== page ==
In other cases, governments themselves spread disinformation by disseminating unverified or misleading information on the COVID-19 pandemic, potentially motivated by factors such as an administration’s political interests or discriminatory positions. The public may determine the official information is false and it may be corrected, but it can still have long-lasting effects on public perceptions and even on health-care policies. In his report, the Special Rapporteur called attention to the power of these practices in  “undermin[ing] trust in government sources of information, which in turn may generate such public distrust that it becomes difficult for public health authorities to promote effective and proven policies” (paragraph 45).

The United States: U.S. President Donald Trump suggested that hydroxychloroquine and use of high powered light and disinfectants inside the body might be effective remedies for the COVID-19 virus. He did so without scientific evidence to substantiate the claims, putting the health and safety of individuals at risk. 

Public health surveillance

In response to the pandemic, governments around the world have been using data and technology in their efforts to contain the spread of the virus. Measures that authorities have advanced around the world include collection and use of health data, tracking, and geo-location. In combating COVID-19, public authorities should be able to rely on data, including health data, to determine the best course of action to mitigate the spread of the virus and identify what measures must be taken to safeguard people and their rights during and after the crisis. Yet measures applied should be transparent, necessary, and proportionate. When data protection and privacy laws have clear exceptions that apply to public health crises, for example to allow for greater use of data than usual, those exceptions should be applied strictly, in a time-limited and lawful fashion. 

Guatemala: the government launched an official application to inform people about COVID-19 called Alerta Guate. To download the app, users have to allow access to location data and the phone microphone, and provide an email address or phone number. After some criticism, the app was removed from the app store without further explanation.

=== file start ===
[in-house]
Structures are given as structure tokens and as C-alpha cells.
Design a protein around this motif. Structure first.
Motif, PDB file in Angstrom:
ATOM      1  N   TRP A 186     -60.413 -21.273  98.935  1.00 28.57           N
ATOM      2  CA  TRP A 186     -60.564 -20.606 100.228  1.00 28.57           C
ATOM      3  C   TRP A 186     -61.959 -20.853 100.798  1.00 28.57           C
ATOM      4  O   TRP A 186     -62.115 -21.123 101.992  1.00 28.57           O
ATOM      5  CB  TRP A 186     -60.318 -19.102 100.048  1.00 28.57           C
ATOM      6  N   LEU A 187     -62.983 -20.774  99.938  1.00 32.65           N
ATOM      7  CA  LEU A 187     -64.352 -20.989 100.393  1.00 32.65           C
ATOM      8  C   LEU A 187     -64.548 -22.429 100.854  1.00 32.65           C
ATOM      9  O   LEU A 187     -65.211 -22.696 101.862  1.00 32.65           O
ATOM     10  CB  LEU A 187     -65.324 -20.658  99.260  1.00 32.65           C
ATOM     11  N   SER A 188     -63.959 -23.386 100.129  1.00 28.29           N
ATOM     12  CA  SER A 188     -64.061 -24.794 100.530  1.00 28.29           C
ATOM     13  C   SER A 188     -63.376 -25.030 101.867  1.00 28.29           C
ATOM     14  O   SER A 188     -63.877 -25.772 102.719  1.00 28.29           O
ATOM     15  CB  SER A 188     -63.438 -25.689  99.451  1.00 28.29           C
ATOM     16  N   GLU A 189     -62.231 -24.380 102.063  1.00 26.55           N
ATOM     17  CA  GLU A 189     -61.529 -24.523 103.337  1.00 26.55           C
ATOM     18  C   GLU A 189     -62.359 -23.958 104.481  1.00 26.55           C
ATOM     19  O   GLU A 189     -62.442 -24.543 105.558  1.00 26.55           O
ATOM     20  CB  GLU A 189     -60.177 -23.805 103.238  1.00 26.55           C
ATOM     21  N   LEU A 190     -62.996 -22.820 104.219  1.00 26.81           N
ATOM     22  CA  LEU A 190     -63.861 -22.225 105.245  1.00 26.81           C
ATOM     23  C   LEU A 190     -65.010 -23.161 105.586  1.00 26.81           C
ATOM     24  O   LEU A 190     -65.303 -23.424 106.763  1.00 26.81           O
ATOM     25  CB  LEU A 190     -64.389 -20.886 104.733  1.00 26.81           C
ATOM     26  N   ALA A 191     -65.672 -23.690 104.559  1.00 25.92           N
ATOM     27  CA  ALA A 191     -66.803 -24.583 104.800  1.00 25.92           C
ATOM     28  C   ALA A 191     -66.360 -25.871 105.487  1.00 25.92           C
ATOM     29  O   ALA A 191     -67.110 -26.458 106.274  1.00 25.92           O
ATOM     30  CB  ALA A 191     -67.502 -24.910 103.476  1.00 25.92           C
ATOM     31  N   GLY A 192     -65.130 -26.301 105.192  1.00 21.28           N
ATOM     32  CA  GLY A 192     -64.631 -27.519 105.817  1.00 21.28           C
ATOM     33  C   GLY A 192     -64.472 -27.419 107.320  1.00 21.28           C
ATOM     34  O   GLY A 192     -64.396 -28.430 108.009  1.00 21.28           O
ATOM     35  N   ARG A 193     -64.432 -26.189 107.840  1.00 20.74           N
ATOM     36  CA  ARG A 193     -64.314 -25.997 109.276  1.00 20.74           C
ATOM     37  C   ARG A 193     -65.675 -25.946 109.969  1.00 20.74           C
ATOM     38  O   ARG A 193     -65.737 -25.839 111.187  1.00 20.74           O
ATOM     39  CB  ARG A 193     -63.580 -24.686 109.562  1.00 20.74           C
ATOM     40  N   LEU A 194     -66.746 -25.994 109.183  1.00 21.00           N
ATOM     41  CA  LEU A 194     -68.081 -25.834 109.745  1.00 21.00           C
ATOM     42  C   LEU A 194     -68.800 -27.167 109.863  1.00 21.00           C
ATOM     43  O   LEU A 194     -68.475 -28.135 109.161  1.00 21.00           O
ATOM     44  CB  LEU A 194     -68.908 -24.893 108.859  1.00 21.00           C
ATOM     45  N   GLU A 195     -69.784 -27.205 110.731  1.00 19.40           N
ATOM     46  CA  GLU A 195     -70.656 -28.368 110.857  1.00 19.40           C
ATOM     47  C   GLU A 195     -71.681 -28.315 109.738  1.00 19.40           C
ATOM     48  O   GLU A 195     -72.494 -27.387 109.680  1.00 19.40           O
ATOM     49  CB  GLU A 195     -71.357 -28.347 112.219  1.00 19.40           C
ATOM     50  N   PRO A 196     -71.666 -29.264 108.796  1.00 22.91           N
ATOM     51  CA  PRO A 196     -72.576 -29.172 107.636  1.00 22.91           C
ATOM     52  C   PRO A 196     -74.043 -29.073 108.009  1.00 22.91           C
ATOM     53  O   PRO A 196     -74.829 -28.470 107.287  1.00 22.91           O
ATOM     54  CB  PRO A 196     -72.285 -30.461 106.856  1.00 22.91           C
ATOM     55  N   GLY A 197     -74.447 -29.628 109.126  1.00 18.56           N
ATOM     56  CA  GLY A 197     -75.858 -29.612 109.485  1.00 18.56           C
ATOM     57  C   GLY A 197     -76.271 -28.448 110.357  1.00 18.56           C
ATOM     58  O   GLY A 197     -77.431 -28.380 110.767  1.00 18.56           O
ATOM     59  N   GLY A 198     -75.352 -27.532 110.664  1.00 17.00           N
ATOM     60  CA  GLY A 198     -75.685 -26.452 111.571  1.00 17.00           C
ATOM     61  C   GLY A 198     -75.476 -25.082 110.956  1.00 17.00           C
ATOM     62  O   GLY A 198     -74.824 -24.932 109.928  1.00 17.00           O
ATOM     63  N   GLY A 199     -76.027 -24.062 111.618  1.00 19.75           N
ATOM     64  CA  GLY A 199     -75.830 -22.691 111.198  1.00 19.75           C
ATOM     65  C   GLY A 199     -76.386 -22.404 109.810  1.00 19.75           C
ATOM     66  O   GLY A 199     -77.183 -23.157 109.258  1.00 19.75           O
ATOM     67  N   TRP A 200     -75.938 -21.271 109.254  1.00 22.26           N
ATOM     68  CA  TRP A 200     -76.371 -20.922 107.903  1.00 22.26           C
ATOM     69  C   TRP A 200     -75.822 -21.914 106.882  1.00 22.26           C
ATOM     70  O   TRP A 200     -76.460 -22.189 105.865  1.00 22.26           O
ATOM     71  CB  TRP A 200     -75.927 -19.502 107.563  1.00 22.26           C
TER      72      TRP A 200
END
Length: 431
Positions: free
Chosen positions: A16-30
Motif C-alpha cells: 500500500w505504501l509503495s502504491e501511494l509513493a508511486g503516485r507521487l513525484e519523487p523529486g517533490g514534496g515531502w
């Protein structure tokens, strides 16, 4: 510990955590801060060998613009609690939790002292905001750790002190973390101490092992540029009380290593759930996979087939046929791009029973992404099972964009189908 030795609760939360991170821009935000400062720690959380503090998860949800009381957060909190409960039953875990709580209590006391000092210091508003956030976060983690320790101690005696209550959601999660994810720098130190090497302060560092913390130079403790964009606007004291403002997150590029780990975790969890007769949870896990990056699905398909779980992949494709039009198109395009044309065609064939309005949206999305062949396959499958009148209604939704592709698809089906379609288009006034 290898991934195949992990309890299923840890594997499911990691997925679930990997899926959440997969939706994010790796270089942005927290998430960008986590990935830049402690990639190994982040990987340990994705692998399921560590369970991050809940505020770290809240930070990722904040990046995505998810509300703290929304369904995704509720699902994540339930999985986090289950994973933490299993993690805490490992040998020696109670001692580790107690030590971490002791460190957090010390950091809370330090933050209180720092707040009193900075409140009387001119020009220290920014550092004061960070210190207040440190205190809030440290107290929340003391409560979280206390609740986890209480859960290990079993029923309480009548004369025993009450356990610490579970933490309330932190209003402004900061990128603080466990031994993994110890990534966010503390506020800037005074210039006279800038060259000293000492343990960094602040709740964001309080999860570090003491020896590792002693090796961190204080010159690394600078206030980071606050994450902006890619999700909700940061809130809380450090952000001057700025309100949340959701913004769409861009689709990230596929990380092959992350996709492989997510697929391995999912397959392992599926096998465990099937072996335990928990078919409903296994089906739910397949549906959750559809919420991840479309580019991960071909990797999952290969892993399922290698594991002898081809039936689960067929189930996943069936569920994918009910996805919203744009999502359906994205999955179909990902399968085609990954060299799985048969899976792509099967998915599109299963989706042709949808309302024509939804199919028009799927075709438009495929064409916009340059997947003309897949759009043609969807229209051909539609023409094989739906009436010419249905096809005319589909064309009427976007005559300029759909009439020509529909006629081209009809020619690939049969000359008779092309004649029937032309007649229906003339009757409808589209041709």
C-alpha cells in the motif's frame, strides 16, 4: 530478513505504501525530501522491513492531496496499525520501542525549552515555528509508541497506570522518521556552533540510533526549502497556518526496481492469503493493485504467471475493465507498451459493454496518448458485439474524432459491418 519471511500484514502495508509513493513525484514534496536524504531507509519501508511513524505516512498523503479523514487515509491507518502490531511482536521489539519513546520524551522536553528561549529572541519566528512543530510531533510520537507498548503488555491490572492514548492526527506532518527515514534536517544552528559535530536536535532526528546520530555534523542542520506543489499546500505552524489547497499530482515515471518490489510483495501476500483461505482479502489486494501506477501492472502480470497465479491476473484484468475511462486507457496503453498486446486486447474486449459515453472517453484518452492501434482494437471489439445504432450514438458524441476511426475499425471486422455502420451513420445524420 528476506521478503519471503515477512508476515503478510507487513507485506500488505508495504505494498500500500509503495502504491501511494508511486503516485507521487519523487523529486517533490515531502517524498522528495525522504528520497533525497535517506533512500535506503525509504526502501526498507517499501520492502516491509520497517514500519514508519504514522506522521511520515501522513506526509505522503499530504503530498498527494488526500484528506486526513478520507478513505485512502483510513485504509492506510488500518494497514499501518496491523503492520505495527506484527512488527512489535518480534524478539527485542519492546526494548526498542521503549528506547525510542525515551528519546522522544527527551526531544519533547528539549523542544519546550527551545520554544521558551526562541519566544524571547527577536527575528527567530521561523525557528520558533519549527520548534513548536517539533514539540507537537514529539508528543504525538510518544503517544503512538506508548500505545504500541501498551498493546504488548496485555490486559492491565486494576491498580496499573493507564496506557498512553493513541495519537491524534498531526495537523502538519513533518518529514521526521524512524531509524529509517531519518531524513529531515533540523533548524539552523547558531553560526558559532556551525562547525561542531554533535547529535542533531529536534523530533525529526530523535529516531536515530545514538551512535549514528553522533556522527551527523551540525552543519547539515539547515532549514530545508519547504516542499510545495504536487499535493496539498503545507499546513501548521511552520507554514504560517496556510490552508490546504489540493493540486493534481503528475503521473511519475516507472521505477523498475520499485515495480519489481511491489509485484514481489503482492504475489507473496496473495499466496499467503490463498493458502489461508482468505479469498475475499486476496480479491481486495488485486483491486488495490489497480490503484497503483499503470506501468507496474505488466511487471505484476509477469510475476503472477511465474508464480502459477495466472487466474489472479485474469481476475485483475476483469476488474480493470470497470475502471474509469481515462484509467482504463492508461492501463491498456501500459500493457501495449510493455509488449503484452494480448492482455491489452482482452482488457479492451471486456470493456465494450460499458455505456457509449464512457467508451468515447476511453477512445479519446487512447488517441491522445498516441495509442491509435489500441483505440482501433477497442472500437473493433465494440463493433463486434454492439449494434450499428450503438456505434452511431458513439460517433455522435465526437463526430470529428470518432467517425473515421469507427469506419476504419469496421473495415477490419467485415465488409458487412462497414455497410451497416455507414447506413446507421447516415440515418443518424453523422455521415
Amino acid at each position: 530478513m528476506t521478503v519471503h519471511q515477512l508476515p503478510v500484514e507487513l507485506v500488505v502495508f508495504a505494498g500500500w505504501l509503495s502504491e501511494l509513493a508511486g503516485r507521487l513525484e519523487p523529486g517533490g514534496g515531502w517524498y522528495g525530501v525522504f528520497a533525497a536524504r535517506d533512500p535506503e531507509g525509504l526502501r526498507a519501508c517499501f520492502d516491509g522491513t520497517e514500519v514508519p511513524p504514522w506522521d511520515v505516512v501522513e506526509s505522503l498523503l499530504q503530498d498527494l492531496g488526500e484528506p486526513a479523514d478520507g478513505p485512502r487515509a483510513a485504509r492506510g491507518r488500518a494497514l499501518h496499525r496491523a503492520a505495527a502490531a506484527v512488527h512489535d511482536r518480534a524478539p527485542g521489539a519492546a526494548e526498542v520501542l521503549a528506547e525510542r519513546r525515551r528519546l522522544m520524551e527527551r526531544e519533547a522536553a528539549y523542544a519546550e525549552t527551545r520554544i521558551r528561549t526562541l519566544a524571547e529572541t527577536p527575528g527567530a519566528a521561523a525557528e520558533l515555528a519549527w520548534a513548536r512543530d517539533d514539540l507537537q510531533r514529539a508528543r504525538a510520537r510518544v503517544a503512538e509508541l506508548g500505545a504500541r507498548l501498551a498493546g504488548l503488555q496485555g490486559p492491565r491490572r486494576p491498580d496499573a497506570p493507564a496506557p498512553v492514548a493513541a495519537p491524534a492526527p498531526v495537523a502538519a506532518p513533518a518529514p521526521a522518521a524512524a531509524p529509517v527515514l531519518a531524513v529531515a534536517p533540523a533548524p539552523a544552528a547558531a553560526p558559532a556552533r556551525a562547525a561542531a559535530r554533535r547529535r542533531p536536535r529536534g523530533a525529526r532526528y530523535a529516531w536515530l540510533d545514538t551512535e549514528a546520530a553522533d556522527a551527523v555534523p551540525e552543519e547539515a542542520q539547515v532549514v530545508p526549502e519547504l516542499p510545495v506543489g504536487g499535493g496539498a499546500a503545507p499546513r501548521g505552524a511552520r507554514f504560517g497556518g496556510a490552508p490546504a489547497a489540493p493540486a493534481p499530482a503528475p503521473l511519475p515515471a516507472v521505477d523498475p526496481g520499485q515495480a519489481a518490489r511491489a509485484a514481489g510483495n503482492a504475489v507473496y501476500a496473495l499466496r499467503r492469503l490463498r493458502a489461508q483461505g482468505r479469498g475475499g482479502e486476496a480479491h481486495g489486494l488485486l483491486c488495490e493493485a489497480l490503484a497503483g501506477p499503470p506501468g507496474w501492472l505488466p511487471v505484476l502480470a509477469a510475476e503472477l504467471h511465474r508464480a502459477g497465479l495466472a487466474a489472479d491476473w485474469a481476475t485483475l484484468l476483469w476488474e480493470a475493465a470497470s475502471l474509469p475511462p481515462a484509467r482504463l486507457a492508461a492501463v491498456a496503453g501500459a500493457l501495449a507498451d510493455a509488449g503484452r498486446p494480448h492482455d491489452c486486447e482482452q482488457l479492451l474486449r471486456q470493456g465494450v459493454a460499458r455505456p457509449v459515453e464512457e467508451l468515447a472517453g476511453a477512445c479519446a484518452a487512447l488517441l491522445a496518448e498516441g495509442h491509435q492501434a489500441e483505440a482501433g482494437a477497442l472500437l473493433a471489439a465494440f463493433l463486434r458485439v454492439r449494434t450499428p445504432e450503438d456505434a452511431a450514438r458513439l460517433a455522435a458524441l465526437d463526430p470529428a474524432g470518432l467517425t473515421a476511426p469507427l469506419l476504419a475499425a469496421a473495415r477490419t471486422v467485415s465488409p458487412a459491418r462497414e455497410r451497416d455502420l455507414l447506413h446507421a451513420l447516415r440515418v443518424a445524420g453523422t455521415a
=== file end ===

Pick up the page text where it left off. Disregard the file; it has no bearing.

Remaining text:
Mexico and Cali, Colombia: the respective governments adopted COVID-19 apps, similar to Alerta Guate, that collect a vast amount of unnecessary information, making the app an intrusive tool that could easily enable excessive surveillance. 

These are not the only cases in Latin America, where we have seen mass surveillance conducted using GPS, antennas, drones, mobile health apps, and contact-tracing apps, despite a lack of public debate in most cases, and lack of a (proper) data protection regulation in some. 

In his report to the Council, the Special Rapporteur also raised the issue of the participation of private actors in surveillance practices, including in the context of the COVID-19 pandemic. Precedents show that it is important that these actors pass “robust and transparent” governmental scrutiny (paragraph 56), and that applies especially when they are engaged in strategies to handle the current public health crisis. This does not exempt governments from ensuring that their own practices are compliant with international law and standards,  as well as existing data protection frameworks.

Tunisia: Enova Robotics signed an agreement with the Ministry of Interior to start operating PGuard robots. These robots will be equipped with a set of infrared 39 cameras and used to stop people from leaving their houses. There is no information as to where these robots will be deployed, what information they will gather, how long they will keep the data and who would have access to it. This lack of information impairs scrutiny on whether and how these robots comply with the data protection legal framework. 

Argentina and Bolivia: the activities of individuals are allegedly being surveilled on the internet, and persons are detained for reasons such as mocking the quality of government services and financial aid provided by the state. Such systemic law enforcement surveillance poses serious risks to individuals’ right to privacy and constitutes a clear infringement of their freedom of expression.

The COVID-19 pandemic will have an aftermath. The measures governments put in place now will determine what the aftermath looks like. Government responses must therefore promote public health; prevent discrimination; ensure access to reliable and timely information; defend unrestricted access to an open, affordable and secure internet; ensure the enjoyment of freedom of expression and of opinion, and the rights to peaceful assembly and association; and protect the right to privacy and personal data. 

Stay engaged

Follow the discussions online using the #HRC44 hashtag, watch the sessions live on U.N. Web TV, and stay tuned for updates.